This wonderful article shares some practical things we all can do in our educational work to "recommit to working for equity in schools". While I am no longer working directly with students on a daily basis, I can implement many of these ideas into my personal life, as well as my work with professional development, curriculum writing, policy implementation, and collaborative partnerships. I'm thinking I might print this list, cut the ideas apart, select one at random every few days, and endeavor to implement that new measure into all that I do that week. Anyone care to join me or share what you're already doing to work for equity in education?
"In 100 days, instead of feeling like I am hammering my head against a stone wall of opposition, instead of getting discouraged, I can think of myself as a beacon. Those who need light will find me. And I will pull in close those who are reaching for me."
Did you print them out and create a bowl of them??
Yep, that's exactly what I did. I pull one new "challenge" from the bowl each week and set it on the bottom of my laptop to remind me of the things I can do each day. Sometimes I'll revisit one that I've already worked on (see the pile under my laptop) because of something that happened one day, something I read, or something I'm working on and realize I need to check to make sure I'm doing what that challenge encouraged me to do.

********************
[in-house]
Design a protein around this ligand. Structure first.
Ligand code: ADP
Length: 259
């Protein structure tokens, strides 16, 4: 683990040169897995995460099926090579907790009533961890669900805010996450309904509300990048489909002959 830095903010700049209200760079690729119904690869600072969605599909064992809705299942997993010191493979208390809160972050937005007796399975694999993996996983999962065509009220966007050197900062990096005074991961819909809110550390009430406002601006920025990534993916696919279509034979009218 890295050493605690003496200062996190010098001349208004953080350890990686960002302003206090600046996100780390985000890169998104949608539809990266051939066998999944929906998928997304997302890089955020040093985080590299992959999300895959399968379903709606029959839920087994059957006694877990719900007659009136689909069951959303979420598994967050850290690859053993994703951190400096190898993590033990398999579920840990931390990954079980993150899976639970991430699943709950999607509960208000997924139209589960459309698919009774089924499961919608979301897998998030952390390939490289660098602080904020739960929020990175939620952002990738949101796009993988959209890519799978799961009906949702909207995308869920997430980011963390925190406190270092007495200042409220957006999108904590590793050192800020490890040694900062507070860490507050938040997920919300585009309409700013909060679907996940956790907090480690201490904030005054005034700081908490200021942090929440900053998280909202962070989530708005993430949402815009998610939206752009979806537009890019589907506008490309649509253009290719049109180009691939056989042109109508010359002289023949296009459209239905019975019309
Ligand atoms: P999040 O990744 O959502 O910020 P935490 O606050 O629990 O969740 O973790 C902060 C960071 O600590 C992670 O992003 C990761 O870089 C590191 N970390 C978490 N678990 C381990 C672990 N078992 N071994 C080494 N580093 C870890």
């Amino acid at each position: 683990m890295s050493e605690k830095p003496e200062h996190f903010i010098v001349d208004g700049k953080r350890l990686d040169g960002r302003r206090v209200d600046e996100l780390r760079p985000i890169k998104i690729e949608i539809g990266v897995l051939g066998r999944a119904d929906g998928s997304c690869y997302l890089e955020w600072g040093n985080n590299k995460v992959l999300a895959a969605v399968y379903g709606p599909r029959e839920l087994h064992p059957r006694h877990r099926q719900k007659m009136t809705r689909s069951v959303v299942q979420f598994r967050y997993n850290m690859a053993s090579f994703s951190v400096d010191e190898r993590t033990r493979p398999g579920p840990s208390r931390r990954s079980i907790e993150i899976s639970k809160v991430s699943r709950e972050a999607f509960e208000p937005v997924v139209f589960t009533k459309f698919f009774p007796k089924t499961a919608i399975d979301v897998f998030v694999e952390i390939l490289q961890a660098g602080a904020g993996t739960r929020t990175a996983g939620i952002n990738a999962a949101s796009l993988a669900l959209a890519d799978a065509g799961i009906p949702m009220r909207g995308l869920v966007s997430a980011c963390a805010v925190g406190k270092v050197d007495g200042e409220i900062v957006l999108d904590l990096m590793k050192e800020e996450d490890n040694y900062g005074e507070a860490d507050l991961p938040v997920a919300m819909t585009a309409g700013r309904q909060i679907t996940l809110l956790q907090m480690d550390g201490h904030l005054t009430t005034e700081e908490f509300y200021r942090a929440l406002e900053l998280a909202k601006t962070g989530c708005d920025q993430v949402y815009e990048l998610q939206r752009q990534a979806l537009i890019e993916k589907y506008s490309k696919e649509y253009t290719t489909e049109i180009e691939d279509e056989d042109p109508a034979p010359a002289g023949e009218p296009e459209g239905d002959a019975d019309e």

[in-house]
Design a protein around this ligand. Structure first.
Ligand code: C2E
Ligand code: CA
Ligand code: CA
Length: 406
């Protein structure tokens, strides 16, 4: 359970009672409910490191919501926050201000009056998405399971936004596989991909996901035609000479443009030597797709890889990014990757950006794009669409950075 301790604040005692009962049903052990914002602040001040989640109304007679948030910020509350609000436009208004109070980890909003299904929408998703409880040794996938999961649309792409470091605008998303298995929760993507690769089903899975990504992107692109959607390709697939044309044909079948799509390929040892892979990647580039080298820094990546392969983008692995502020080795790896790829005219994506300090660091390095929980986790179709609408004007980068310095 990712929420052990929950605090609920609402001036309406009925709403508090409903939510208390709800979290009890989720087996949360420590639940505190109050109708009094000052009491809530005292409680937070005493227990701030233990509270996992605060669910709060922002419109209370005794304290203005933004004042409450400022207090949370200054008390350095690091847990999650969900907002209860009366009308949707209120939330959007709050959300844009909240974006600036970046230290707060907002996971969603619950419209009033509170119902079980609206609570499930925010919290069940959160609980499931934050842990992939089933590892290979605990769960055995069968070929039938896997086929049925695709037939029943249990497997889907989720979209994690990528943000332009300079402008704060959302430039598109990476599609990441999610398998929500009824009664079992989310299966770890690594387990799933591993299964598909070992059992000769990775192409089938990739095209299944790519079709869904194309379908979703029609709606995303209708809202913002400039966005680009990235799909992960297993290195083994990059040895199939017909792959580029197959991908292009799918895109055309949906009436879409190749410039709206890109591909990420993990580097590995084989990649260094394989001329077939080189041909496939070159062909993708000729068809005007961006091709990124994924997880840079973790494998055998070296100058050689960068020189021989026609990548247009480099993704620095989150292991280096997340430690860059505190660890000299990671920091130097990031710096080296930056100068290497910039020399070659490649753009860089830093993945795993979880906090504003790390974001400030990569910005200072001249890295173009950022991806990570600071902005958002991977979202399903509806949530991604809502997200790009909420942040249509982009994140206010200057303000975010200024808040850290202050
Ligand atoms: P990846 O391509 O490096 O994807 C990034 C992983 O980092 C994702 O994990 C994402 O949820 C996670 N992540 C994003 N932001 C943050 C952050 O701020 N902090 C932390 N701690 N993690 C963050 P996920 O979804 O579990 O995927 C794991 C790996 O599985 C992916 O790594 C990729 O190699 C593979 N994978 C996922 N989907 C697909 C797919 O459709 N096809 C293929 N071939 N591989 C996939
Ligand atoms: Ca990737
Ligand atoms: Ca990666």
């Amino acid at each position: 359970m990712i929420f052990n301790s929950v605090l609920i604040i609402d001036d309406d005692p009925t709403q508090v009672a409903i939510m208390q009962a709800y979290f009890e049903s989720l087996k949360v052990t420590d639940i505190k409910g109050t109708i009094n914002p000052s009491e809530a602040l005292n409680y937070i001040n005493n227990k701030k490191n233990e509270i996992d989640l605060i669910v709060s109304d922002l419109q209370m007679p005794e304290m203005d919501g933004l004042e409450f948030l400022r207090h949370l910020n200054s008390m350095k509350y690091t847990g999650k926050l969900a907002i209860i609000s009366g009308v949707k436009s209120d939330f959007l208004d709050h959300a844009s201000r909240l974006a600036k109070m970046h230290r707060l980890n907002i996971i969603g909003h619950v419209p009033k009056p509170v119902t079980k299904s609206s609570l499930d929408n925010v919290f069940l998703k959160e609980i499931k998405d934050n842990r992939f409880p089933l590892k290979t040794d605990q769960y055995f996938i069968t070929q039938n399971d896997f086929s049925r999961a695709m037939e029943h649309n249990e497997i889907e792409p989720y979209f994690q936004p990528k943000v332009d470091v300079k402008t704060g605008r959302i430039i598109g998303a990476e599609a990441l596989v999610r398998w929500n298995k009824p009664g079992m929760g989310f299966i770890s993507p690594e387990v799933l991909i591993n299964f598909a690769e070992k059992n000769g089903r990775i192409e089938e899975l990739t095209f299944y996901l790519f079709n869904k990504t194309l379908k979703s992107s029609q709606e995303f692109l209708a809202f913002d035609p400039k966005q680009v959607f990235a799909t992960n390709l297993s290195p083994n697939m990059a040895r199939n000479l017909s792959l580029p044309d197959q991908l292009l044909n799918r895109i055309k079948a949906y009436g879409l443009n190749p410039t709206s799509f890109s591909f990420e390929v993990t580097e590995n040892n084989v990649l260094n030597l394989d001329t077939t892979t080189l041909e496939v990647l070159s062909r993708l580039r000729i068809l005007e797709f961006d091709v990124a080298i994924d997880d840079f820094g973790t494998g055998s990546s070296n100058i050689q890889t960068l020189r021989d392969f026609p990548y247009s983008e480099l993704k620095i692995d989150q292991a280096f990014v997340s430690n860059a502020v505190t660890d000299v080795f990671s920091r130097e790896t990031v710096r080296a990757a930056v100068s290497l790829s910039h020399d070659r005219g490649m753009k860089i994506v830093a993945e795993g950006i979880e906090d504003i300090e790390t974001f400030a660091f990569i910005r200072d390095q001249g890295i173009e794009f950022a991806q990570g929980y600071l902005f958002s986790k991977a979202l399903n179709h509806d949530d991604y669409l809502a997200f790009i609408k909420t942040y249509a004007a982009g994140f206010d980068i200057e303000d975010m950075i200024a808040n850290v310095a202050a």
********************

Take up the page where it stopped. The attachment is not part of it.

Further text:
In fact, here's one I revisited today:
In 100 days, I can audit my curriculum, assignments and assessments. I can ask, “Who isn’t included?” “Does this assignment measure learning - or compliance?” “Why this text?” “Why this assignment?” “Why this assessment?”
Thank you for the reminder, Heidi and Christin! I put the actions in Word (attached) to make it easier to print. Maybe that helps others as well. Just cut the strips and chose randomly...
"In 100 days, I can ensure I am speaking only for myself, not for others, unless they give me permission. I can speak from my experiences, not others'."
The first part of this makes sense to me, especially the need to ask for permission. I'm not sure if I understand why I should always limit myself to speaking from my experiences. Aren't there times when it's appropriate to share others' stories as a form of advocacy? Yes, with permission, but if a student in adult education is also experiencing trauma because of past experiences of incarceration, because of discrimination based on legal status, because of poverty, isn't it our responsibility to be advocates? When is speaking from another person's experiences problematic?